Volunteering campaigners criticise Tory pledge to make the young unemployed do unpaid community work

Keep Volunteering Voluntary, whose member organisations include Oxfam, Christian Aid and the YMCA, says the proposal amounts to a punishment for benefits claimants


The campaign group Keep Volunteering Voluntary has criticised the Conservative Party’s pledge to force young people who are not in work, education or training to do unpaid community work such as working for local charities in exchange for benefits.

The Prime Minister, David Cameron, said in a speech today that if the Tories were to win the general election in May, 18 to 21-year-olds who were been out of work, education or training for six months would need to carry out 30 hours of work from day one of their claim in order to be eligible for employment benefit.

Jobseeker's Allowance would be replaced with a Youth Allowance, paid at the same rate, he said.

Cameron said the work – part of the party’s plan to make sure young people would not get "sucked into a life on welfare" – could include making meals for older people or cleaning up litter and graffiti.

But Keep Volunteering Voluntary – a group made up of more than 500 member organisations, including Oxfam, Christian Aid and the YMCA – said the proposal was a punishment for benefit claimants.

"This is simply about making life hard for benefit claimants and trying to force people off benefits," said Andy Benson, director of the National Coalition for Independent Action, which is part of the KVV campaign. "It’s got nothing to do with employment prospects for 18 to 21-year-olds."

Giving a speech in Hove, East Sussex, Cameron said today that young people would need to continue searching for work in order to receive benefits.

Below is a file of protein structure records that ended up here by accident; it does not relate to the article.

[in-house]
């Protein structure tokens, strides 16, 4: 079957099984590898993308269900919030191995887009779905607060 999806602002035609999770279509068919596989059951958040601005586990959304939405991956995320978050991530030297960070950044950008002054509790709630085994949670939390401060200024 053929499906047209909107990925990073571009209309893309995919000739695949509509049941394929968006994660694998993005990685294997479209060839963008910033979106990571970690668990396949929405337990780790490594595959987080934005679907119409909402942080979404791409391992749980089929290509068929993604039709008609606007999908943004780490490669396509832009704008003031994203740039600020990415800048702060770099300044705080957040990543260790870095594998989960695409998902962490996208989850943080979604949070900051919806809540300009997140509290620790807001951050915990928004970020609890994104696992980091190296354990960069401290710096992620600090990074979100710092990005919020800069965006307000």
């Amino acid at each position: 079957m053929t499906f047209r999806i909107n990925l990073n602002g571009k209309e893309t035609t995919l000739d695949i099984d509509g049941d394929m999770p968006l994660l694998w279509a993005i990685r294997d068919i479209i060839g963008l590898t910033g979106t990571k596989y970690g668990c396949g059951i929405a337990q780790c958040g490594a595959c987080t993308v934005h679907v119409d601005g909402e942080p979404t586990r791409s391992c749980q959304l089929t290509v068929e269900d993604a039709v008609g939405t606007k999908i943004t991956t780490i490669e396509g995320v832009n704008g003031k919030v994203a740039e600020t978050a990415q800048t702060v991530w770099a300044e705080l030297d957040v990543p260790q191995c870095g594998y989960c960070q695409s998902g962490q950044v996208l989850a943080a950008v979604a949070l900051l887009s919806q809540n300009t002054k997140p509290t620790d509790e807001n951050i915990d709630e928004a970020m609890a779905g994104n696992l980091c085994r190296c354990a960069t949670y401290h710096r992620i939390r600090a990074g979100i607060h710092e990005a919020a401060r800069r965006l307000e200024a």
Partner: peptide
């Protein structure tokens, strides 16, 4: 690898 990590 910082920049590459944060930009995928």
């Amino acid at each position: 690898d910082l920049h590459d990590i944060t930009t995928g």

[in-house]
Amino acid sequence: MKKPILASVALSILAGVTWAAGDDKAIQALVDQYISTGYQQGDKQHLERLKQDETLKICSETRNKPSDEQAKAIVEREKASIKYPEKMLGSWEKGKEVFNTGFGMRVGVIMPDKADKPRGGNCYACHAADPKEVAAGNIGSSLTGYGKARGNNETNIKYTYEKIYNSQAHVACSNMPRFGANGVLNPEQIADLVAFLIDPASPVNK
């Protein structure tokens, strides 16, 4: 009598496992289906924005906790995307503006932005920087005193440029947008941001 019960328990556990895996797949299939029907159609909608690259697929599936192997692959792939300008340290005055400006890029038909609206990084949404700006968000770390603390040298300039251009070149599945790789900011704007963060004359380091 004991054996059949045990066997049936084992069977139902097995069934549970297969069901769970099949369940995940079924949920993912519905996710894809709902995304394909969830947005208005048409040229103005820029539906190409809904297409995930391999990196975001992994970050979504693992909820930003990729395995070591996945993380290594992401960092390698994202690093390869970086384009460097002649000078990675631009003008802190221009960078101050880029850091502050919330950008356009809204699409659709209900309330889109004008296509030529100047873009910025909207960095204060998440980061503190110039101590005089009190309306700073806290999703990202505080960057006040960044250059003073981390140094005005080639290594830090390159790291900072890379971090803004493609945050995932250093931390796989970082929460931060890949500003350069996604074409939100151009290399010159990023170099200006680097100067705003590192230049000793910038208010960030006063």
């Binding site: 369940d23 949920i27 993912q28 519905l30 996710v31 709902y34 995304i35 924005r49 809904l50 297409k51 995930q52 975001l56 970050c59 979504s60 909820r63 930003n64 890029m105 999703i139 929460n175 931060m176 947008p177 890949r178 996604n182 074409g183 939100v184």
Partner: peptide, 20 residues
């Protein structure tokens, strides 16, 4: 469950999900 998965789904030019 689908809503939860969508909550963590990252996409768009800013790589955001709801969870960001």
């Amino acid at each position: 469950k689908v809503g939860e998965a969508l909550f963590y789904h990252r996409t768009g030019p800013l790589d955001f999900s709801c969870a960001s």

"From day one they must play their part and make an effort," he said. "Your first experience of the benefits system should be that yes, you can get help – but it isn’t something for nothing, and you need to put something back into your community too."

He said it was important for young people to get work experience and get into the discipline of turning up for work each day.

Keep Volunteering Voluntary was formed in opposition to the government’s Community Work Placements programme, which all of its members have pledged to boycott.

Another prominent member of KVV, the writer Symon Hill, said: "The new proposals are yet another extension of an idea that has already proved to be unfair and unworkable. It’s unfair for benefit claimants, who should receive a wage in exchange for full-time work, and it’s unfair for charities and other voluntary organisations that require real volunteers, not people forced on them.

"It has already been comprehensively demonstrated that workfare schemes do not work. They don’t increase people’s chances of getting jobs."

A spokesman for the Conservative Party said the proposal was designed to give people a reason to get up in the morning. "Many people do not take the opportunity to volunteer and are unaware of this option to both improve their CVs and start to engage with people outside their usual spheres," he said. "This will help young people to break the downward cycle of dependency."

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